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Glossary -- Latvia (Estonia, Latvia, Lithuania)

Cheka (Vserossiyskaya chrezvychaynaya komissiya po bor'be s kontrrevolyutsiyey i sabotazhem--VChK)
All-Russian Extraordinary Commission for Combating Counterrevolution and Sabotage. The political police created by the Bolsheviks in 1917, the Cheka (also known as the Vecheka) was supposed to be dissolved when the new regime, under Vladimir I. Lenin, had defeated its enemies and secured power. But the Cheka continued until 1922, becoming the leading instrument of terror and oppression in the Soviet Union, as well as the predecessor of other secret police organizations. Members of successor security organizations continued to be referred to as "Chekisty" in the late 1980s.
Commonwealth of Independent States (CIS)
A loosely structured alliance of most of the former republics of the Soviet Union that facilitates consultation and cooperation in economic and security matters of common concern. Members in 1995 were Armenia, Azerbaijan, Belarus, Georgia, Ka-zakhstan, Kyrgyzstan, Moldova, Russia, Tajikistan, Turkmenistan, Ukraine, and Uzbekistan.
Communist International (Comintern)
An international organization of communist parties founded by Russian Communist Party (Bolshevik) leader Vladimir I. Lenin in 1919. Initially, it attempted to control the international socialist movement and to foment world revolution; later, it also became an instrument of Soviet foreign policy. The Comintern was dissolved by Soviet leader Joseph V. Stalin in 1943 as a conciliatory measure toward his Western allies.
Conference on Security and Cooperation in Europe (CSCE)
Established in 1972, the group in 1995 consisted of fifty-three nations--including all the European countries--and sponsored joint sessions and consultations on political issues vital to European security. The Charter of Paris (1990) changed the CSCE from an ad hoc forum to an organization having permanent institutions. In 1992 new CSCE roles in conflict prevention and management were defined, potentially making the CSCE the center of a Europe-based collective security system. In the early 1990s, however, applications of these instruments to conflicts in Yugoslavia and the Caucasus were largely ineffective. In January 1995, the organization was renamed the Organization for Security and Cooperation in Europe (OSCE).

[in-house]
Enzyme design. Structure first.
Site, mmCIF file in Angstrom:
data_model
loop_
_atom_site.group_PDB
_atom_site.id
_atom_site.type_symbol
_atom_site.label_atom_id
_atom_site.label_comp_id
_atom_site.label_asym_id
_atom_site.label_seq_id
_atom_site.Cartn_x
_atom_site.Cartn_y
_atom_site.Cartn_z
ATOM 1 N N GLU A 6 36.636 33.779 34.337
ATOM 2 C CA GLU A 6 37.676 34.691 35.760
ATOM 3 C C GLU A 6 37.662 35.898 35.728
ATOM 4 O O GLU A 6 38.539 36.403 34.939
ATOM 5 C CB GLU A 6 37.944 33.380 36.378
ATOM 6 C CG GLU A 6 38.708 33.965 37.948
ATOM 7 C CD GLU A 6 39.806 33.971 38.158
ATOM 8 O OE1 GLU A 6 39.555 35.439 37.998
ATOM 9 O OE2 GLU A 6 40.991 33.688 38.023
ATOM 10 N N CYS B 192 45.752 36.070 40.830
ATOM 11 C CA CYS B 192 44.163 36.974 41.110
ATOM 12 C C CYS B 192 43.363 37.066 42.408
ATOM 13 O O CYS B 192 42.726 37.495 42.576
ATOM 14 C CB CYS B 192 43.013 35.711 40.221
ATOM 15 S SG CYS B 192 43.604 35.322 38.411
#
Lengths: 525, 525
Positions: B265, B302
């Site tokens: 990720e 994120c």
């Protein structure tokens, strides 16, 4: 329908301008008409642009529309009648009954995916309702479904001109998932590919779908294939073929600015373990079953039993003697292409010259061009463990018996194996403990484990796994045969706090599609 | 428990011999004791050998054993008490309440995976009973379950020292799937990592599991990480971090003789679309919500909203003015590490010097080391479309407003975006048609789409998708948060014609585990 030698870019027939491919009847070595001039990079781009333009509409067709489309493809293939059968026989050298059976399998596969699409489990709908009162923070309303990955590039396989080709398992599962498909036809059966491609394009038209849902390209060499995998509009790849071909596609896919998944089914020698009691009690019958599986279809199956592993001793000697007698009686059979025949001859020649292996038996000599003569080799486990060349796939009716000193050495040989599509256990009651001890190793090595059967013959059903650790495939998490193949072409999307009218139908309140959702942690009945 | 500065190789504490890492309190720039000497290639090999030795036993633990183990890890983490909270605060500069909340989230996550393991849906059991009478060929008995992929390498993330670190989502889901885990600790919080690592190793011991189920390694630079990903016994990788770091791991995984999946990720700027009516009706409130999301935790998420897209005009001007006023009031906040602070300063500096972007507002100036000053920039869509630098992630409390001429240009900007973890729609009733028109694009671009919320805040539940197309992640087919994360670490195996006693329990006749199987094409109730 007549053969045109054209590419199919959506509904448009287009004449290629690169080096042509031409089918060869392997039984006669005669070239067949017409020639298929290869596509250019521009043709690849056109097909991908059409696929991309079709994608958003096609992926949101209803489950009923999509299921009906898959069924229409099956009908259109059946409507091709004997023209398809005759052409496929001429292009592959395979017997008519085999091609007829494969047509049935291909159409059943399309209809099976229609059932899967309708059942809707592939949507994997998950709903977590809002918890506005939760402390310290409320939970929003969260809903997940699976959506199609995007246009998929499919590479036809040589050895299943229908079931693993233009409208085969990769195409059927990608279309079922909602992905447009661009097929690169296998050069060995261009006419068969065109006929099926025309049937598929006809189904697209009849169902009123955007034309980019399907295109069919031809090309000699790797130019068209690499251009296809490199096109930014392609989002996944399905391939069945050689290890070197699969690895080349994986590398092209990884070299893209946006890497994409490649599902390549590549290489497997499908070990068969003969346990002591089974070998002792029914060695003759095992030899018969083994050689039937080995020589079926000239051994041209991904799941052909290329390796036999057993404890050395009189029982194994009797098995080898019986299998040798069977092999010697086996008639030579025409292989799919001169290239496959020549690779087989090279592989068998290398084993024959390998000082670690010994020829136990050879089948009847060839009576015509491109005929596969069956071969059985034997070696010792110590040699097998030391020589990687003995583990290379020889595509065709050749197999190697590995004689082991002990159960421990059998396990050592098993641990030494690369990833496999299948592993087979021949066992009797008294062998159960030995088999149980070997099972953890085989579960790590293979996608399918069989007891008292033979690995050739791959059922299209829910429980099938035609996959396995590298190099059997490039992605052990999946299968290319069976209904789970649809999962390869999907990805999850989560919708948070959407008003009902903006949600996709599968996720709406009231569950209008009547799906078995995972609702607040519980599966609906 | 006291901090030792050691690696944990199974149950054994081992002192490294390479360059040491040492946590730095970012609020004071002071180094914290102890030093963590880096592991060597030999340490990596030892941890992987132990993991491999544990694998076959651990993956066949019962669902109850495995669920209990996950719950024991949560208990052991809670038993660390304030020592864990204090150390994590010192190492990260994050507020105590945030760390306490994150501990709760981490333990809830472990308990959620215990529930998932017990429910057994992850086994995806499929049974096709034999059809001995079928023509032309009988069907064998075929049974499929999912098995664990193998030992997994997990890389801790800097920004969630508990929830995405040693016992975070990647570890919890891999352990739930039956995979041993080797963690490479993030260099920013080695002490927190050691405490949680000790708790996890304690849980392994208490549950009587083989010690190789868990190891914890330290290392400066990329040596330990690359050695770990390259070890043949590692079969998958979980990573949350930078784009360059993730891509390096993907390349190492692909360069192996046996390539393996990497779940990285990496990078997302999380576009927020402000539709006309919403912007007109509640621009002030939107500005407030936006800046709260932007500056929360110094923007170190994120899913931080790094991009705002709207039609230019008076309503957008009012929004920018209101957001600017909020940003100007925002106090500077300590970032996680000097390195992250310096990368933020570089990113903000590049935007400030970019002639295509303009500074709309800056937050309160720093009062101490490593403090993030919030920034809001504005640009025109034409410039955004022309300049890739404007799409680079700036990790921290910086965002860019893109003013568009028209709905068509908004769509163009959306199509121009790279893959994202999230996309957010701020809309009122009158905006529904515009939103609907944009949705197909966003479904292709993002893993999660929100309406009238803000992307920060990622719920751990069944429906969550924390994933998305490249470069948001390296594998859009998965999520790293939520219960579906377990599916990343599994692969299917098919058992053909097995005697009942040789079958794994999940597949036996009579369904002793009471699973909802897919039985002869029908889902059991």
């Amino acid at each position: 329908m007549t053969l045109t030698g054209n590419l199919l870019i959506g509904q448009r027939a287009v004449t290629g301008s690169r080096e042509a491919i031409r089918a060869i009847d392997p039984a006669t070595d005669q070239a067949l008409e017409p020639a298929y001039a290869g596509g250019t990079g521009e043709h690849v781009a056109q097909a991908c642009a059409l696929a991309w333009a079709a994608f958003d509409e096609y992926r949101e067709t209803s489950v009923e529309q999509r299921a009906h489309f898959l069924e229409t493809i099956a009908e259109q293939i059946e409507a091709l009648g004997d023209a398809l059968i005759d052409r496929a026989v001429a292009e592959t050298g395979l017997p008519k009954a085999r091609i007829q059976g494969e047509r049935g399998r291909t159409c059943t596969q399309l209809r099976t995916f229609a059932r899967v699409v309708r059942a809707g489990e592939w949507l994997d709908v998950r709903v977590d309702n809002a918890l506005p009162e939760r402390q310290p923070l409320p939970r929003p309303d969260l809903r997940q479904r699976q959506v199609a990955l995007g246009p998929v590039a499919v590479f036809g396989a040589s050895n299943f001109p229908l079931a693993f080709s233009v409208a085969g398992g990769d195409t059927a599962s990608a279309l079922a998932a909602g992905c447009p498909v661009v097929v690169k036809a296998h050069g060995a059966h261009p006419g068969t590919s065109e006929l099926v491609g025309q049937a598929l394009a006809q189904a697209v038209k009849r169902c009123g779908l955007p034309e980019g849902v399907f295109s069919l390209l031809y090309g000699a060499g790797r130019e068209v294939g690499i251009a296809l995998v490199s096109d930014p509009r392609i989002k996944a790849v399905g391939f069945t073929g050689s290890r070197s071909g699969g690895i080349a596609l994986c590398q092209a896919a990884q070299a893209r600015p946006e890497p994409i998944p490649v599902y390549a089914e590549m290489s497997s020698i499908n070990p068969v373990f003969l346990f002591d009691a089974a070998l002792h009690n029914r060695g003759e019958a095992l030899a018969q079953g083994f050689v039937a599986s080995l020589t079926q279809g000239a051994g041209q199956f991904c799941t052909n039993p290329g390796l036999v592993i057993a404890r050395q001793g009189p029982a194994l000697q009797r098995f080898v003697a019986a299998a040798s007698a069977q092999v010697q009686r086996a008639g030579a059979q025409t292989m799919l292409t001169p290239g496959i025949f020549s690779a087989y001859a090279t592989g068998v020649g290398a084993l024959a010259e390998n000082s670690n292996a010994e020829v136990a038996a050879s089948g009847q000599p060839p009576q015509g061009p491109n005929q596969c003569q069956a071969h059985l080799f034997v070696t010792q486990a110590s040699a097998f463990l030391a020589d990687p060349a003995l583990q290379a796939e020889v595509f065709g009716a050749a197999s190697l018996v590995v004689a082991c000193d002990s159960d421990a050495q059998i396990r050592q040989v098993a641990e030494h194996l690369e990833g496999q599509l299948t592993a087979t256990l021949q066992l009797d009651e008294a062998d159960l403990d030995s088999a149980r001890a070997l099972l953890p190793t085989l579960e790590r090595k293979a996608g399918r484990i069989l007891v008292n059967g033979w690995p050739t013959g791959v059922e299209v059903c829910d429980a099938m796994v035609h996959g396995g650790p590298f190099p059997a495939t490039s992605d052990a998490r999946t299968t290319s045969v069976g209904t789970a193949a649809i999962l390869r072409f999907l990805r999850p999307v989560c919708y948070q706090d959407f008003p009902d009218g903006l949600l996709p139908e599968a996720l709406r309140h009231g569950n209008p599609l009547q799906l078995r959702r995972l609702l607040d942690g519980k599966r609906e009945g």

Congress of People's Deputies
Established in December 1988 in the Soviet Union by constitutional amendment, the Congress of People's Deputies was the highest organ (upper tier) of legislative and executive authority in the Soviet Union. As such, it elected the Supreme Soviet of the Soviet Union. The Congress of People's Deputies that was elected in March through May 1989 consisted of 2,250 deputies. The Congress of People's Deputies ceased to exist at the demise of the Soviet Union.
Council of Europe
Founded in 1949, the Council of Europe is an organization overseeing intergovernmental cooperation in designated areas such as environmental planning, finance, sports, crime, migration, and legal matters. In 1995 the council had thirty-five members.
European Community (EC)
A grouping of primarily economic organizations of West European countries, including the European Economic Community (EEC), the European Atomic Energy Community (Euratom or EAEC), and the European Coal and Steel Community (ECSC). The name changed to European Union (q.v.) in November 1993. Members in 1993 were Belgium, Britain, Denmark, France, Germany, Greece, Ireland, Italy, Luxembourg, the Netherlands, Portugal, and Spain.
European currency unit (ECU)
Established in 1979 as a composite of the monetary systems of European Community (q.v.) member nations, the ECU functions in the European Monetary System and serves as the unit for exchange-rate establishment, credit and intervention operations, and settlements between monetary authorities of member nations.
European Union (EU)
Successor organization to the European Community (q.v.). The EU was officially established by ratification of the Maastricht Treaty of November 1993. The aim of the EU is to promote the economic integration of Europe, leading to a single monetary system and closer cooperation in matters of justice and foreign and security policies. In 1995 members consisted of Austria, Belgium, Britain, Denmark, Finland, France, Germany, Greece, Ireland, Italy, Luxembourg, the Netherlands, Portugal, Spain, and Sweden.
glasnost
Russian term for public discussion of issues; accessibility of information so that the public can become familiar with it and discuss it. Glasnost is the name given to Soviet leader Mikhail S. Gorbachev's policy in the Soviet Union in the mid- to late 1980s of using the media to make information available on certain controversial issues to provoke public discussion, challenge government and party bureaucrats, and mobilize greater support for the policy of perestroika (q.v.).
gross domestic product (GDP)